Thursday, April 21, 2011

H. L. Mencken Quotes

So I guess today is Mencken day because while looking up the last quote to see if it was real I came across others which seemed relevant to our political atmosphere.
The whole aim of practical politics is to keep the populace alarmed (and hence clamorous to be led to safety) by menacing it with an endless series of hobgoblins, all of them imaginary.
It seems since the advent of talk radio and the internet, they can no longer control the message to the extent they need to - witness the global warming crash and burn - and have pushed the red button, so to speak, on the economy in order to create a crisis which is in no way imaginary.
The trouble with fighting for human freedom is that one spends most of one's time defending scoundrels. For it is against scoundrels that oppressive laws are first aimed, and oppression must be stopped at the beginning if it is to be stopped at all.

The men the American public admire most extravagantly are the most daring liars; the men they detest most violently are those who try to tell them the truth.

Men are the only animals that devote themselves, day in and day out, to making one another unhappy. It is an art like any other. Its virtuosi are called altruists.

An idealist is one who, on noticing that a rose smells better than a cabbage, concludes that it will also make better soup.

I believe that all government is evil, and that trying to improve it is largely a waste of time.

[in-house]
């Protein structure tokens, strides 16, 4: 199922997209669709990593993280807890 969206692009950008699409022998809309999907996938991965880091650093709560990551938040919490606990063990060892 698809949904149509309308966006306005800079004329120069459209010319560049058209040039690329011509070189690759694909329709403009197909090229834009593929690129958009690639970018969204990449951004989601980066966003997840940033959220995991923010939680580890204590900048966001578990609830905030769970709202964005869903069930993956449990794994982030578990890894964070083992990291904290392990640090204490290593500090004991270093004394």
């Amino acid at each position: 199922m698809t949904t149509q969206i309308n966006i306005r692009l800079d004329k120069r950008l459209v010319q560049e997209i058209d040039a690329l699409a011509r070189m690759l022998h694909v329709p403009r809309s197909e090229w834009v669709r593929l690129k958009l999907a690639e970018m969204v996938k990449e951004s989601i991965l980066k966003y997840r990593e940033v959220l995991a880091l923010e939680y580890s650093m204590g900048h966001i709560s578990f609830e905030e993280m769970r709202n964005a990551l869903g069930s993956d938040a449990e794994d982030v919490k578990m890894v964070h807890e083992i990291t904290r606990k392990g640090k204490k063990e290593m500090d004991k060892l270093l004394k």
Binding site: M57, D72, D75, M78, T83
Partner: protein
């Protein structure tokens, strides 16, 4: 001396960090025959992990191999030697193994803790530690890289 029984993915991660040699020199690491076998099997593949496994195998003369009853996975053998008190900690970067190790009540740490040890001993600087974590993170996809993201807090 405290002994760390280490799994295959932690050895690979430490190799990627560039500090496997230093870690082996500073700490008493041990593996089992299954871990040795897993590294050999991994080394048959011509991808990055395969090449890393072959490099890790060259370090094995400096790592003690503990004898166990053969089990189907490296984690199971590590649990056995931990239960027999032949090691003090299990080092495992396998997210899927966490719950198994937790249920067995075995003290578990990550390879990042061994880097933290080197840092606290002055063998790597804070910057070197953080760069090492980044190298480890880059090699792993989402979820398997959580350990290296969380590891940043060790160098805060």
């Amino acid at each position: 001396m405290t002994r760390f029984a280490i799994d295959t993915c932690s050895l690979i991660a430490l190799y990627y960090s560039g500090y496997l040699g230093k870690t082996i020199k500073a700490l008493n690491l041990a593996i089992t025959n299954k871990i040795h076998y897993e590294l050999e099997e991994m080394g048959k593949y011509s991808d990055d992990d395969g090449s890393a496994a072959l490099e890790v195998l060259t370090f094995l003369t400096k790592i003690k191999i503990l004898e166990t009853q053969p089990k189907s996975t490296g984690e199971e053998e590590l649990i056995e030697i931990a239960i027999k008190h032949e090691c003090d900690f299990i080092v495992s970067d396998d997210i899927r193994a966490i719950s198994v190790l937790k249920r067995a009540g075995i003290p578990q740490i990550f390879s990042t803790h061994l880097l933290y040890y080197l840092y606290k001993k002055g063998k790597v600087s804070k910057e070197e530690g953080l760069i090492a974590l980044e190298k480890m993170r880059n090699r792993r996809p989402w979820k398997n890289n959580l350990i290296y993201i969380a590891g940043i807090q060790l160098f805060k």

All government, of course, is against liberty.

--H. L. Mencken
The following quote seems to have become popular while George Bush was in office. Hard as it may be to believe, it is even more relevant now. One only hopes we can start an uphill trend.
The larger the mob, the harder the test. In small areas, before small electorates, a first-rate man occasionally fights his way through, carrying even the mob with him by force of his personality. But when the field is nationwide, and the fight must be waged chiefly at second and third hand, and the force of personality cannot so readily make itself felt, then all the odds are on the man who is, intrinsically, the most devious and mediocre — the man who can most easily adeptly disperse the notion that his mind is a virtual vacuum.

The Presidency tends, year by year, to go to such men. As democracy is perfected, the office represents, more and more closely, the inner soul of the people. We move toward a lofty ideal. On some great and glorious day the the plain folks of the land will reach their heart's desire at last, and the White House will be adorned by a downright moron.

--H. L. Mencken

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